Emily Dickinson said, “Instead of getting to heaven at last, I’m going all along.” Quite. Life on earth, with the friendship and companionship, the wonder, the creativity, the joy, the delight, the laughter, the love; the oracles of our senses – eyes, ears, taste, touch, smell – taking in such resplendent grandeur; with the sense of movement, growth, and development in life as we know it on earth… surely is but a foretaste of heaven, what Saint Paul describes as “the eternal weight of glory.”[iv] Heaven, where all God’s creatures meet their Creator and one another.

Jesus says, in the meantime, “Do not let your hearts be troubled.”[v] Many people were and are afraid of death and dying. Our own culture is particularly complicit in the diversions and denials around aging and death with our own apotheosis of youth. But staying young does not weather well. Our mortality is one statistic that cannot be fudged. Here are several sustaining practices that redress fear and that teem with life both in the present and in the life to come:

  • Growing old are the terms of our God-given life. The whole of earthly life revolves around the pattern of birth, development, diminishment, and death. This life-death pattern has been true for every single creature on earth, animate or inanimate, since the dawn of creation. Growing old is a new experience for every A new adventure. Rather than perceiving life as coming to an end with the onset of diminishment and then death, value how diminishment and death are all a part of life, on God’s terms. Life includes diminishment and death. Not to be afraid. From the first century we read, “The day we may fear as our last is but the birthday of eternity.”[vi]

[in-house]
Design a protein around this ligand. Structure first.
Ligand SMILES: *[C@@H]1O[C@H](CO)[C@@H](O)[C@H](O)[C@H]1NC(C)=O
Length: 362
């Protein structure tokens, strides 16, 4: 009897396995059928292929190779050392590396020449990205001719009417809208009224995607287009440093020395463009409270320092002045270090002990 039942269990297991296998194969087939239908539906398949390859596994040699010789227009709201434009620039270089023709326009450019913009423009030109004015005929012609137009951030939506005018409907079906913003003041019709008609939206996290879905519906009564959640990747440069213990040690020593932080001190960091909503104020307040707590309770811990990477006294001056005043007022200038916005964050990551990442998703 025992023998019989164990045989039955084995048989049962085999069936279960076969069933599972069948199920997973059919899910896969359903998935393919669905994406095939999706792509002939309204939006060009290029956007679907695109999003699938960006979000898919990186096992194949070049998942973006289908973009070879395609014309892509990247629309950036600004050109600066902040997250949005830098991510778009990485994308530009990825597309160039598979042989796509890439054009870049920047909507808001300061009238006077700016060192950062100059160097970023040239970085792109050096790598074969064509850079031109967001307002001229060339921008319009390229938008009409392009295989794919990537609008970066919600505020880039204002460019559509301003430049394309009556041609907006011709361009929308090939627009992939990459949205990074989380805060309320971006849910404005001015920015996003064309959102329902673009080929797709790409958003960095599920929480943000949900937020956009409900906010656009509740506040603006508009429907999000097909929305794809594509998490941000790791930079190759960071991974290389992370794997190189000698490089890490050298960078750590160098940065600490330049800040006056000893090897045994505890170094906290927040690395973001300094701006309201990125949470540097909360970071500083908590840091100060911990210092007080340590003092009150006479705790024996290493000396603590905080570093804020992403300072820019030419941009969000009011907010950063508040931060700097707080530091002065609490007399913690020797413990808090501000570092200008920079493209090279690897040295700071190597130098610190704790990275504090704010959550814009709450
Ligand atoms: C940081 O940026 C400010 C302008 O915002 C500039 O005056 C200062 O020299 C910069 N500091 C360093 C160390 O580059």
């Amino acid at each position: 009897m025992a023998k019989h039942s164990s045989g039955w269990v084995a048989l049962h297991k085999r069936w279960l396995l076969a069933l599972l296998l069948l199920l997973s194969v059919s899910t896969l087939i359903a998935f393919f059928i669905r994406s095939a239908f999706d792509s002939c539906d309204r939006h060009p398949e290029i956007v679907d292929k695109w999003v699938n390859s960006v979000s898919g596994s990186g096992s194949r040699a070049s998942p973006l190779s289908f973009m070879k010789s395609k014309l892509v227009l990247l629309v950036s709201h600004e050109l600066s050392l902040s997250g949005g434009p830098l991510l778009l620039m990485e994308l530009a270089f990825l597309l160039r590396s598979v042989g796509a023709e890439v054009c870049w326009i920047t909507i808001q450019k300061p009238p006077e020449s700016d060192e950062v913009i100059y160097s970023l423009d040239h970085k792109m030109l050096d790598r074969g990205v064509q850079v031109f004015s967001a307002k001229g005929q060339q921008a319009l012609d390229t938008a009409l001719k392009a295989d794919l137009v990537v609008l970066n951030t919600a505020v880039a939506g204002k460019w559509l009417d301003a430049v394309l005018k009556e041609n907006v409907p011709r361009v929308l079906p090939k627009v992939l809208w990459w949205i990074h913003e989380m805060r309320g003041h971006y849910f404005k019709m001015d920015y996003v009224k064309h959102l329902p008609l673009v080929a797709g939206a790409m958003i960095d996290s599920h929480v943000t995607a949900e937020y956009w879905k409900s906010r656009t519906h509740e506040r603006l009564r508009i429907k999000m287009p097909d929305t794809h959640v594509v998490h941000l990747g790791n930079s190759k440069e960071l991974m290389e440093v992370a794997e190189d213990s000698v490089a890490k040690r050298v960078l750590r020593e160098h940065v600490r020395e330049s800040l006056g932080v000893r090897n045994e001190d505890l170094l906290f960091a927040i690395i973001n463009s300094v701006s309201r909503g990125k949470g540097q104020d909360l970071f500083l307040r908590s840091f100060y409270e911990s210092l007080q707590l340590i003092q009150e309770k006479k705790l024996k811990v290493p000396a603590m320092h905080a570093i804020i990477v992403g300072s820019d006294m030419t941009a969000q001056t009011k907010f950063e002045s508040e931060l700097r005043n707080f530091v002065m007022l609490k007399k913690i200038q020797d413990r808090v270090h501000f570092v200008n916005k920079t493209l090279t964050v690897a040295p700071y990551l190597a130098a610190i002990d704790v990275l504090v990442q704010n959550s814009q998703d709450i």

• Most new things in life we need to practice and rehearse to do them well. How do we rehearse diminishment and death? Two ways: to meditate, then to anticipate.